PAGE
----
Alexandra Venzke is a musician and native Houstonian currently working in New York. She is a classically trained vocalist, early childhood music specialist, and accomplished session singer. Alexandra has considerable experience performing both as a soloist and in ensembles across many genres and musical styles. She is passionate about cultivating community and collaboration. Recent collaborators include a visual artist inspired to paint to recordings of her singing, a film maker that has included her singing original music with custom costuming, and songwriters who have her perform and record their original music. She teaches private and group music lessons, produces musical, performance arts, and fashion events and sings with Pride Chorus Houston.

Swamplands: Open Call

Storefront for Art and Architecture and frieze magazine launch Swamplands: Open Call, an opportunity for artists, architects, researchers, writers, and collectives to propose an exhibition to be presented at our gallery space at 97 Kenmare in January, 2025. 

 

We are in search of projects focused on the ethical and technical entanglements of water through diverse forms of artistic practice, including photography, video, performance, installation, architecture, and other media. Proposals should take the form of a solo exhibition. Collaborations across different professional fields/practices are welcome.

 

The selected proposal will be chosen by an international jury of curators, scholars, and cultural practitioners  through a blind review process.  The selected project will demonstrate a strong exhibition idea and the applicant’s engagement with the subject matter, as well as the project’s feasibility with regards to the budget and timeline, and its responsiveness to Swamplands series and Storefront’s mission at large.

 

To find out more about Swamplands series please click here.

 

 

 

Applications are open from May 1st to June 15th, 2024.

 

In order to apply, you will be asked to submit the following information through this online form:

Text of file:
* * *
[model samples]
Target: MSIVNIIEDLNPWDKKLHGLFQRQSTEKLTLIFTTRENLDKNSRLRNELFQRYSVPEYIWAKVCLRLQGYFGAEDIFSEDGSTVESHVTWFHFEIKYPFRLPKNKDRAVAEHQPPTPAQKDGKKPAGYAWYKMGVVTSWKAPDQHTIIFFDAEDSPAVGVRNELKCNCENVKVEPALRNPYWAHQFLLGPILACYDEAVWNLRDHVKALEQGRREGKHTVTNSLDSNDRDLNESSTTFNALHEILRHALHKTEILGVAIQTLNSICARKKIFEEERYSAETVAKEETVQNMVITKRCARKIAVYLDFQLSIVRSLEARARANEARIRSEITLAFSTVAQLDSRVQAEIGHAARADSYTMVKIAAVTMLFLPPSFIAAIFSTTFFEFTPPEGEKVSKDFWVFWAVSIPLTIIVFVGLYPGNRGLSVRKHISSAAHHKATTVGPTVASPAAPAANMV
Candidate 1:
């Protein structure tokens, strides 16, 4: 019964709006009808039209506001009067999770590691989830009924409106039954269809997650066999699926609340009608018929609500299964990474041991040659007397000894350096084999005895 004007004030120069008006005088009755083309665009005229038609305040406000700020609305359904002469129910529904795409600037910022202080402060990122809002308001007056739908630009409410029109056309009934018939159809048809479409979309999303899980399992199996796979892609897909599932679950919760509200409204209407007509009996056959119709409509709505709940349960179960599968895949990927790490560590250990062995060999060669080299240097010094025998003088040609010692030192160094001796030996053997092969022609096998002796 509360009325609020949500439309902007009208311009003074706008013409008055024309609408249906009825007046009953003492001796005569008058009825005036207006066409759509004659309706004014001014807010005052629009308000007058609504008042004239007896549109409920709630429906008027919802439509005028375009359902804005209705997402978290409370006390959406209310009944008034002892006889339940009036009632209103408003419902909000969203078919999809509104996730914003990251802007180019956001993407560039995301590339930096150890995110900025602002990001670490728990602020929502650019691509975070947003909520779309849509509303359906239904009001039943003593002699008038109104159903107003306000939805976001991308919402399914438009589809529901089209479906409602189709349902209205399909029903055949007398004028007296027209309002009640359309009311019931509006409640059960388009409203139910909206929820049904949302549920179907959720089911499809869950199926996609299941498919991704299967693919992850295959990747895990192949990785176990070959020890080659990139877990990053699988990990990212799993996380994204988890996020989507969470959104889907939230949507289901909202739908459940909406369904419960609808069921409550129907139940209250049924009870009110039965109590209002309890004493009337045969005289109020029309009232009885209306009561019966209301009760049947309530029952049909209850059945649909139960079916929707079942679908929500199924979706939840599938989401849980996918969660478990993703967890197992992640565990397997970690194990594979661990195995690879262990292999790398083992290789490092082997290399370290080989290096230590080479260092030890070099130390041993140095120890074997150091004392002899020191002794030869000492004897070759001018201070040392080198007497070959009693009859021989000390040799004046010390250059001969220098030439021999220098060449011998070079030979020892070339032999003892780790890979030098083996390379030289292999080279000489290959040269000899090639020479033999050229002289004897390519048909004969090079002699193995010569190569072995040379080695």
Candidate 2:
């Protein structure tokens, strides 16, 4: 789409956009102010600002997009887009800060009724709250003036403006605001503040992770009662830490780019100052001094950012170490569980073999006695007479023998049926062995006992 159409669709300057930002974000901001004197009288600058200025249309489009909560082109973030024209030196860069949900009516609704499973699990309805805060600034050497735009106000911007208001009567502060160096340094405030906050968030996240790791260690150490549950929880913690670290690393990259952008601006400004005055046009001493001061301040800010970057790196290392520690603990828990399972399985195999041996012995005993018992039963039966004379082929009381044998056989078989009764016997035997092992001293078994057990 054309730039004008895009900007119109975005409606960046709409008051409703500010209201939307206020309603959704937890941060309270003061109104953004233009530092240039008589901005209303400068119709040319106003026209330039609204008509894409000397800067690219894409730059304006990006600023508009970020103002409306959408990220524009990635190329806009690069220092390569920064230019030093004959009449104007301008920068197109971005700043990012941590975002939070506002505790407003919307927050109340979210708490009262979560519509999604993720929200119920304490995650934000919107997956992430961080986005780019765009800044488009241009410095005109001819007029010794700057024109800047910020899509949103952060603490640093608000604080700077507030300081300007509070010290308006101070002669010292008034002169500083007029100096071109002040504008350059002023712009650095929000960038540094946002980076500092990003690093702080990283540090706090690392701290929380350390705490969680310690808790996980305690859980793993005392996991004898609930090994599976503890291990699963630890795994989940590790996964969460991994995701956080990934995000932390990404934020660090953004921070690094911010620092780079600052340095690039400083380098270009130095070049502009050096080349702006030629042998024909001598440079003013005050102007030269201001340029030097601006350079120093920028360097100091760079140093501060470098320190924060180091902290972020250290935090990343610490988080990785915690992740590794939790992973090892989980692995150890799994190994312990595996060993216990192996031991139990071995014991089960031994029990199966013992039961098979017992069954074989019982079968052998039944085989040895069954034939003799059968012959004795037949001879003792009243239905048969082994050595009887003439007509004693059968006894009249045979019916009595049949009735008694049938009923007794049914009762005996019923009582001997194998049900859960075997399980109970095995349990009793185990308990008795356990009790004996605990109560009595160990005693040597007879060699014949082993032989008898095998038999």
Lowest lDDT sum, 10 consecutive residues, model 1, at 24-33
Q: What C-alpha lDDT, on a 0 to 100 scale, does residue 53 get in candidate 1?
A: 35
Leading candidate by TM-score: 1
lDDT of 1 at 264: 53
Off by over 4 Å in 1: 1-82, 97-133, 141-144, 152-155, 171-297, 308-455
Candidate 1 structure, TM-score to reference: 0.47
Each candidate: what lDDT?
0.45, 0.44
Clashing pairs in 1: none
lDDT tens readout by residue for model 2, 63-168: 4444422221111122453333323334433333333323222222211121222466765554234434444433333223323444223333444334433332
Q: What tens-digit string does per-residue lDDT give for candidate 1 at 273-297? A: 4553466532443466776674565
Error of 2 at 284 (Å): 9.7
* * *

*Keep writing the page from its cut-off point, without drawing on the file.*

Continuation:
–  A detailed explanation of the project and how it relates to the Swamplands research and exhibition series and your broader practice at large. (500 words)

–  Images that inform your project proposal with credits (up to 5). Accepted formats are jpg. png.

–   Relevant writing or images of past work that relate to your proposal. Please include captions that  clarify that relationship. (up to 5 images, videos or writing pieces)

– Contact information (e-mail address and telephone number).

 

To download the 2D and 3D drawing set of the Storefront gallery, please visit this link: Storefront Drawing Set

 

 

The selected proposal will receive a budget of $10,000, an artist fee of $2,500, and institutional support to produce and present a month-long exhibition that will be on view from January 18 to Feb 17, 2025. This opportunity is open to applicants at any stage of their careers regardless of experience level or background. Neither a curriculum vitae nor letters of recommendation are requested. There are no fees involved at any stage of the process. Storefront cannot cover relocation or travel costs beyond the exhibition budget, in case the applicant is not based in New York. 

 

The selected candidate will be announced with an advertisement in frieze Magazine. As part of Storefront’s public program, a conversation with frieze’s senior editor Terence Trouillot will be held at the gallery space during the run of the show.